Shortly after graduating from law school and passing the bar, Fry formed the political consulting firm Crescent Communications, in early 2013, just in time to run the campaign of Mark Lazarus to fill the unexpired term of Tom Rice who resigned as Horry County Council chairman to enter Congress.
Lazarus won the special election, reelection in 2014 to a full term, then, lost in 2018. Fry and the other two members of the Crescent Communications team, Heather and Cam Crawford, ran all three campaigns for Lazarus, according to state ethics records.
Heather Crawford was already in the SC House of Representatives having won a special election to fill the unexpired term of Viers in 2012 and reelection in the 2012 general election for House District 68. Cam Crawford would soon win a special election for Horry County Council District 6 to fill the unexpired term of Bob Grabowski.
In 2015, Fry made it a trifecta of elected positions for the Crescent Communications team by winning a special election to fill the unexpired term of Nelson Hardwick in House District 106. All three received liberal donations from Chamber members, Chamber associated PACs and other special interests whose prime goal is the construction of I-73.
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As a new push begins for local funding of the Interstate 73 project, Horry County School Board Chairman and 7th Congressional District candidate Ken Richardson has taken a novel approach on the I-73 issue.
Over the past several days, local media has highlighted I-73 propaganda statements by local politicians who, along with the special interests who fund their campaigns, search for $250 million in local government revenue to pledge to the I-73 project.
Interstate 73 has always had a top-down sales approach to voters. Special interests and their PACs, who believe they will gain financially in some way from the construction of I-73, fund the campaign chests of local politicians who then become spokespersons trying to convince voters that I-73 is actually for their (the voters) benefit.
Richardson has taken a different approach. As he travels around Horry County and the other seven counties that make up the 7th Congressional District, Richardson asks voters whether they support the construction of I-73.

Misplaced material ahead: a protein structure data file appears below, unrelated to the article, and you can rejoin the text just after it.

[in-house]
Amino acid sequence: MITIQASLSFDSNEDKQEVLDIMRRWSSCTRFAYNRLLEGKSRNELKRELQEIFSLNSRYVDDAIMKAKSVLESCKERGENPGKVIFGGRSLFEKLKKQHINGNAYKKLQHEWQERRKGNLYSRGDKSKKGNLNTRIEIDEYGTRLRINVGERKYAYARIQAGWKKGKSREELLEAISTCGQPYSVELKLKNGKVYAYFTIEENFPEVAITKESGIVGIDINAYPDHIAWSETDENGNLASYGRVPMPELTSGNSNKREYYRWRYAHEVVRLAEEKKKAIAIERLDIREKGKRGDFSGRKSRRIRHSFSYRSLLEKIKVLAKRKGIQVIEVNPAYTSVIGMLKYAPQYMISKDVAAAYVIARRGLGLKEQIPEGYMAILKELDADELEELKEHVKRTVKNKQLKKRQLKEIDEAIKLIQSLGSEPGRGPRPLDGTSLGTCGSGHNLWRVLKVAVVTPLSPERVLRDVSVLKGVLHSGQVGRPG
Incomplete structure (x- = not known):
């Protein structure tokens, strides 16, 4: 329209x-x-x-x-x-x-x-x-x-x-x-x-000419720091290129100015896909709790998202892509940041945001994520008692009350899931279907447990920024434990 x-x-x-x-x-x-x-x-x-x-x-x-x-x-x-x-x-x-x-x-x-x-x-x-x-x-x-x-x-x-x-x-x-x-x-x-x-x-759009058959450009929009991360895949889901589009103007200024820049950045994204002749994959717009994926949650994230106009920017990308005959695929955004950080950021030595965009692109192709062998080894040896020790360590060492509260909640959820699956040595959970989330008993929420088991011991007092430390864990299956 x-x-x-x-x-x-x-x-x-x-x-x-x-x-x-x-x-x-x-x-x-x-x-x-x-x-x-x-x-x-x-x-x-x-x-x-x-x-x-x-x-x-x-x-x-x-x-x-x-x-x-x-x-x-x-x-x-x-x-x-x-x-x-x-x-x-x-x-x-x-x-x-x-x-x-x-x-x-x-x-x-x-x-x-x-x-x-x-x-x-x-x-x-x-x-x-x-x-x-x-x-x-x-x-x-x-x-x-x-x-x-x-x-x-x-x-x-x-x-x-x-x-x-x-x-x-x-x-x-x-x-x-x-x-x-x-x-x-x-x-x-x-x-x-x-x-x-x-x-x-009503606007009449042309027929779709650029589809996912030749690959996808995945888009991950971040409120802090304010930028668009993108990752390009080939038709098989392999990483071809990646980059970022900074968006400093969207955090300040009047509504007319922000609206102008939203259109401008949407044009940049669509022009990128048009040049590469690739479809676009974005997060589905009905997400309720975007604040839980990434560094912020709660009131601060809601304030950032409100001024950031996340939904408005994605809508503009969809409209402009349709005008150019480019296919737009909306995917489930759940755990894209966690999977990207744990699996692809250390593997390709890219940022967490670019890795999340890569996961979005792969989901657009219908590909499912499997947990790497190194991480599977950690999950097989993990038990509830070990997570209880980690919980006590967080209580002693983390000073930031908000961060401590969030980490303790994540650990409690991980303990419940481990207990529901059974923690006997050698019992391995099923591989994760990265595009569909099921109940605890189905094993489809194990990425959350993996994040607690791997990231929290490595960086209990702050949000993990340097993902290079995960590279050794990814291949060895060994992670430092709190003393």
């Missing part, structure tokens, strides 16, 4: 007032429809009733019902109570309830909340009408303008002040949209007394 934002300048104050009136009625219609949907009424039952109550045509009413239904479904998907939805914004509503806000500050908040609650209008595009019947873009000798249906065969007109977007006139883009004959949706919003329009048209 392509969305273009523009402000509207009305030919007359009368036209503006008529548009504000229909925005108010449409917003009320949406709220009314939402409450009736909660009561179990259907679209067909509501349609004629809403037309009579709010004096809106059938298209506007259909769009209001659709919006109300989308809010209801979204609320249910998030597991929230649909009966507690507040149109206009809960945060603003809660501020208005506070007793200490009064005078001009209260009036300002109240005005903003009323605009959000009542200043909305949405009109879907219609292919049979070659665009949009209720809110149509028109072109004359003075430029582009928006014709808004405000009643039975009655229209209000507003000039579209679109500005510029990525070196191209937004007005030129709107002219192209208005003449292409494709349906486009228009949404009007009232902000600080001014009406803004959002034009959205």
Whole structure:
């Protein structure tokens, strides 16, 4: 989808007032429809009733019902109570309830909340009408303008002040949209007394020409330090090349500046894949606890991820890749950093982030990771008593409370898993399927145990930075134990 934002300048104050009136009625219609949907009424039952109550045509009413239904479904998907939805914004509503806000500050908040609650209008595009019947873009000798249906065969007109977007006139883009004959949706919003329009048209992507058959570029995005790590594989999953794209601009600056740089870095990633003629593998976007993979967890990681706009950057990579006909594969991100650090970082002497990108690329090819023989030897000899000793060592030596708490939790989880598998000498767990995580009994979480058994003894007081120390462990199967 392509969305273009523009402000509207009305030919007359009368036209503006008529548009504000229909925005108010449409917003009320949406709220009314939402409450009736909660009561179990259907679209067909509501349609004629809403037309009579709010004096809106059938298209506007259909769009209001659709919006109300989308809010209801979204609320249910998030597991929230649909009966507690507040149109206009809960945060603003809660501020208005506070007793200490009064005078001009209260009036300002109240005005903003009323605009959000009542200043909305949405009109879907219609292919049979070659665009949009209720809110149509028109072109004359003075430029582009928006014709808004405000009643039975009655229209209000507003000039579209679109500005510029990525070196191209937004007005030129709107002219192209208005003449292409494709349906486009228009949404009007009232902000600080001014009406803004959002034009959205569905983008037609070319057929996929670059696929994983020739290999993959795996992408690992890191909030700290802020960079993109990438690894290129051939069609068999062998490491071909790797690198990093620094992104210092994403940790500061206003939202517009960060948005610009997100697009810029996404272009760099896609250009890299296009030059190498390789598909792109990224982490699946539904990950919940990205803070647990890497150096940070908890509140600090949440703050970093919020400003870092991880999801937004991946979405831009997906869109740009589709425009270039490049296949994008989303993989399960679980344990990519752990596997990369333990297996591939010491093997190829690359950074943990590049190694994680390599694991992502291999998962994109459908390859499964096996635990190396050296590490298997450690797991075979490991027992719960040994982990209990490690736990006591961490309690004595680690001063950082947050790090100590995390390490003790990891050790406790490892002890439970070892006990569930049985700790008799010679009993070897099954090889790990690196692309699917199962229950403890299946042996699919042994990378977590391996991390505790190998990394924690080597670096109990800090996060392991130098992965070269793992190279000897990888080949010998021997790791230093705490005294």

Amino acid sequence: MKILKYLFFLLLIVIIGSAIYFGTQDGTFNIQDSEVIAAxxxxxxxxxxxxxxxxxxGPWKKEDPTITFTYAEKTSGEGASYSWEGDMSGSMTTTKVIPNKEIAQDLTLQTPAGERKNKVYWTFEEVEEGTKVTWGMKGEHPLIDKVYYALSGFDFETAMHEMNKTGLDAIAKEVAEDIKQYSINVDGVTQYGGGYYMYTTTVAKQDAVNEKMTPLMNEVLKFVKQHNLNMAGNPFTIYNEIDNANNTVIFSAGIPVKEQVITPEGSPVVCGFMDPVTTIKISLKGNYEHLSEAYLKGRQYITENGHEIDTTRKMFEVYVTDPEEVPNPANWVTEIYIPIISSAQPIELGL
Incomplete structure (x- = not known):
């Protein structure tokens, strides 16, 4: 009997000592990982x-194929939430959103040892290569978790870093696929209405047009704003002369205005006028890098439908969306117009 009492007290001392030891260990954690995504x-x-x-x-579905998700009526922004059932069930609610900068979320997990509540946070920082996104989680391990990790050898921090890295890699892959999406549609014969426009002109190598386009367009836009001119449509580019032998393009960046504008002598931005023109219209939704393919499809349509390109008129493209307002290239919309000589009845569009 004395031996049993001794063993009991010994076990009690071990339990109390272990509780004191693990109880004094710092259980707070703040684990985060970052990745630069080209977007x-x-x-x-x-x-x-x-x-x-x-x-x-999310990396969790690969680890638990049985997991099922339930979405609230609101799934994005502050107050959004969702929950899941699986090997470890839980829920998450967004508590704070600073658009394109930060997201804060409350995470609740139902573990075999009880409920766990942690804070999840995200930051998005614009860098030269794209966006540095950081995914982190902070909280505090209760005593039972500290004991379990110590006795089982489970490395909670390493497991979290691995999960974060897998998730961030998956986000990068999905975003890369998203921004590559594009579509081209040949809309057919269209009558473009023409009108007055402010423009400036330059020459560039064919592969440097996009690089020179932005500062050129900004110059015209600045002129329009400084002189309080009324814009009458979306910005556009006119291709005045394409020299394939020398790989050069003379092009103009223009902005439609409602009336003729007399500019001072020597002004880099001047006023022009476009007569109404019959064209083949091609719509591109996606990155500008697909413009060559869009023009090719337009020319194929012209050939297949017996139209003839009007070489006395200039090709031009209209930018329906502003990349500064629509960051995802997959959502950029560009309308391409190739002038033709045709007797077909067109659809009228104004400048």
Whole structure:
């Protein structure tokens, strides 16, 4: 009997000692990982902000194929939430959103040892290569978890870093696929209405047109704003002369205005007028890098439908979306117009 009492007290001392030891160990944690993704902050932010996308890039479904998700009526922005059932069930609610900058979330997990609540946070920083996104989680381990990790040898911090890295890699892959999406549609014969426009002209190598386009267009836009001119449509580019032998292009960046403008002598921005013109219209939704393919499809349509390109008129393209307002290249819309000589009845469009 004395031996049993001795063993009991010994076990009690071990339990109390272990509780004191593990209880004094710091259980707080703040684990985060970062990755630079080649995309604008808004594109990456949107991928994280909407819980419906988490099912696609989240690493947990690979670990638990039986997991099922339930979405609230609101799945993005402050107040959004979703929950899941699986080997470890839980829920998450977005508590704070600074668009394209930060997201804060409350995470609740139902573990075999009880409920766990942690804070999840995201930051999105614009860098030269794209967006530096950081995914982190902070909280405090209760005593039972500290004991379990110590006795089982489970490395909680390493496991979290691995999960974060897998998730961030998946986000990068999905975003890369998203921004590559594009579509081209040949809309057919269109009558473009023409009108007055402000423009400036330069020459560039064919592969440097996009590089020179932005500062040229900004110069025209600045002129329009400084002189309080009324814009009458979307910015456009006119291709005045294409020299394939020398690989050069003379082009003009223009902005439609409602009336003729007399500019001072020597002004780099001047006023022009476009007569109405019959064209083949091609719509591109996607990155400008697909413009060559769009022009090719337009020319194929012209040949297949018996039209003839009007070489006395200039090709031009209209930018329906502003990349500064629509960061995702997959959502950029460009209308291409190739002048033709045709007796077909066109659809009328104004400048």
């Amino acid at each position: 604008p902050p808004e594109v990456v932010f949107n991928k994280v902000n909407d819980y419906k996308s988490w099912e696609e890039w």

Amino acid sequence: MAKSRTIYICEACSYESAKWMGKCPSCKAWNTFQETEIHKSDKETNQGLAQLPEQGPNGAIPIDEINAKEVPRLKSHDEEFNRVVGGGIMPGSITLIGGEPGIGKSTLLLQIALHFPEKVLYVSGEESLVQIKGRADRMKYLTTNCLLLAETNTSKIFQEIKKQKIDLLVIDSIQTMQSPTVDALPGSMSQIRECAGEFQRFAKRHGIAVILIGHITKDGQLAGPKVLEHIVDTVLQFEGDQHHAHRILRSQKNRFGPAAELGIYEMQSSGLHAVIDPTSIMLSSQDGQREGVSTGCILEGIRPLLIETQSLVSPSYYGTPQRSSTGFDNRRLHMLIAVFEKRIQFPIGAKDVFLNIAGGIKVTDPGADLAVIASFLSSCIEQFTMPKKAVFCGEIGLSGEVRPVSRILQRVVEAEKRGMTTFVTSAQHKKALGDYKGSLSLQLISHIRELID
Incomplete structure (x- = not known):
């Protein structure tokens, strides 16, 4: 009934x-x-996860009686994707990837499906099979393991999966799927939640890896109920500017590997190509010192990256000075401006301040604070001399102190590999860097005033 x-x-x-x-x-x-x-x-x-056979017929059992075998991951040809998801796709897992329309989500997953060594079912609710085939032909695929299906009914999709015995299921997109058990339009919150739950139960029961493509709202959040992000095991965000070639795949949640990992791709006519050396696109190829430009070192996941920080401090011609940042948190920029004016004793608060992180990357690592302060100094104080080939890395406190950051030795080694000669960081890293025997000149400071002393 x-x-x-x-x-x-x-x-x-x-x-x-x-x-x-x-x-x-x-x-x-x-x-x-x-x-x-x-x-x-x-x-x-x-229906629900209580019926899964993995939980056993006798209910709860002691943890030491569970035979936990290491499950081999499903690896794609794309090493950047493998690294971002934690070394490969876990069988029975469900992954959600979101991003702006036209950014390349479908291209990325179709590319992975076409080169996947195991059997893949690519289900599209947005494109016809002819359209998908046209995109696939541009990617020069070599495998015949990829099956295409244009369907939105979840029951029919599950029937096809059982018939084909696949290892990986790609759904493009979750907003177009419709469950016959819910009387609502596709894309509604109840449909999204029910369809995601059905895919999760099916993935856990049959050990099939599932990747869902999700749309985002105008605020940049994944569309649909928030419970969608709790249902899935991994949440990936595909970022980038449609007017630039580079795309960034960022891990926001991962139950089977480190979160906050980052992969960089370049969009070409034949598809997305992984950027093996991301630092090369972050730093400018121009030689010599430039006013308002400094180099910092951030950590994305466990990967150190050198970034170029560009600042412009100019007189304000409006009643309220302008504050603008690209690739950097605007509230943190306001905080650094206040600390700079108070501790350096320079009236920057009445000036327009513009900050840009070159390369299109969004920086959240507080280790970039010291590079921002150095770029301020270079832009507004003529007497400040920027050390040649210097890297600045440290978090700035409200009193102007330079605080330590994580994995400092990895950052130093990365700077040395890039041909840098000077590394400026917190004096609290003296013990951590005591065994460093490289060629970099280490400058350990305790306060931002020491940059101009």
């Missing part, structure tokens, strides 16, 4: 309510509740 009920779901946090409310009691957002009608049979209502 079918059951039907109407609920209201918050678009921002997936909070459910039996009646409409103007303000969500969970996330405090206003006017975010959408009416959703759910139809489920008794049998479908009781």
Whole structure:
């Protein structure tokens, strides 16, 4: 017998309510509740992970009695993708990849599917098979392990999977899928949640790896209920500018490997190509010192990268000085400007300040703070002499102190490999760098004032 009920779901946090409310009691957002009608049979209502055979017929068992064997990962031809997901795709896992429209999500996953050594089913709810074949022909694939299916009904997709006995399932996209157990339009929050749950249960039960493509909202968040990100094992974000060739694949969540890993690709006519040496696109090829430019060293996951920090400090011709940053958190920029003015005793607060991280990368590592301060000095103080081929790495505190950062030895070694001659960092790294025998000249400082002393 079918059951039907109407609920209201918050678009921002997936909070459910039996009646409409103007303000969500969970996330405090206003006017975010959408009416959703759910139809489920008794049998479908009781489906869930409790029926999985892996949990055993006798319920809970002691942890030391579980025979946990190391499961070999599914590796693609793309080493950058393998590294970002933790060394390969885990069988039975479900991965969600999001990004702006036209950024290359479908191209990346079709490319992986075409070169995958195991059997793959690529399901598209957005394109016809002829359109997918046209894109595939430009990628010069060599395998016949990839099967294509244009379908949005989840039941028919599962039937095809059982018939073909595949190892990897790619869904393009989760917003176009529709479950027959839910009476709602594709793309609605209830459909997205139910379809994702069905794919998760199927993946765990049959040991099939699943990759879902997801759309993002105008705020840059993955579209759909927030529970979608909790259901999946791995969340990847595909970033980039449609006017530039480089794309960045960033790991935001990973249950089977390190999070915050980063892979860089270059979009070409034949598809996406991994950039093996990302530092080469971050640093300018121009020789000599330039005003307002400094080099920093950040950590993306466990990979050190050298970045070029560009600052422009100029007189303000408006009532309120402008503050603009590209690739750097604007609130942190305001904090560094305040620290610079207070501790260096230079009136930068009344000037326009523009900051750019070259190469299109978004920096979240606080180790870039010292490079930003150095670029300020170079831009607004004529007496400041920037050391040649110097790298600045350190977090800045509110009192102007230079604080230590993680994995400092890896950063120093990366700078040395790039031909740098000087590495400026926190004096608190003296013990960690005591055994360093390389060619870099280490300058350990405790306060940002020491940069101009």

“I have given over 50 speeches to groups as small as 6 to as large as 120 since I announced my challenge to Tom Rice for the Republican nomination for the 7th Congressional District,” Richardson said. “During every speech, I ask for a show of hands from those in attendance who support I-73. So far, in all those events, only one hand has been raised.”
Richardson spoke of one woman at an event in Florence. “She said to me, ‘we always hear how interstates will bring new jobs. Well, we already have two interstates in Florence and we haven’t seen 300 new jobs in the last 10 years.’”
Richardson said a common theme he hears is that local governments and the state government should fix the roads and bridges they already have in place rather than building a new road that won’t be maintained either.
The I-73 project has been a subject of discussion by special interests and the politicians they donate to for at least 30 years. It ramped up nearly 20 years ago when Brad Dean took over the reins of the Myrtle Beach Area Chamber of Commerce.
Horry County has already spent over one-half billion dollars of locally generated hospitality fee (tax) revenues building SC-22. The last approximately 22 miles of I-73 will be on SC-22 from near the 319 exit to the terminus in the Briarcliffe Acres area. SC-22 will need some upgrading on the shoulders to meet interstate highway standards.
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Last week GSD published an article about discrepancies in several Judicial Merit Selection Commission (JMSC) press releases regarding an upcoming vacancy in the position of Horry County Master in Equity.
The story posed questions about the varying timeline of the time of the vacancy included in those releases.
After the story was published, David Hucks, editor of MyrtleBeachSC.com, sent an email to JMSC staff attorney Erin Crawford and commission members Sen. Luke Rankin and Rep. Todd Rutherford with a link to the GSD story requesting clarification of why the differing timeline was issued by the JMSC.
On Monday, Crawford sent an email response to Hucks. Both emails were shared with GSD.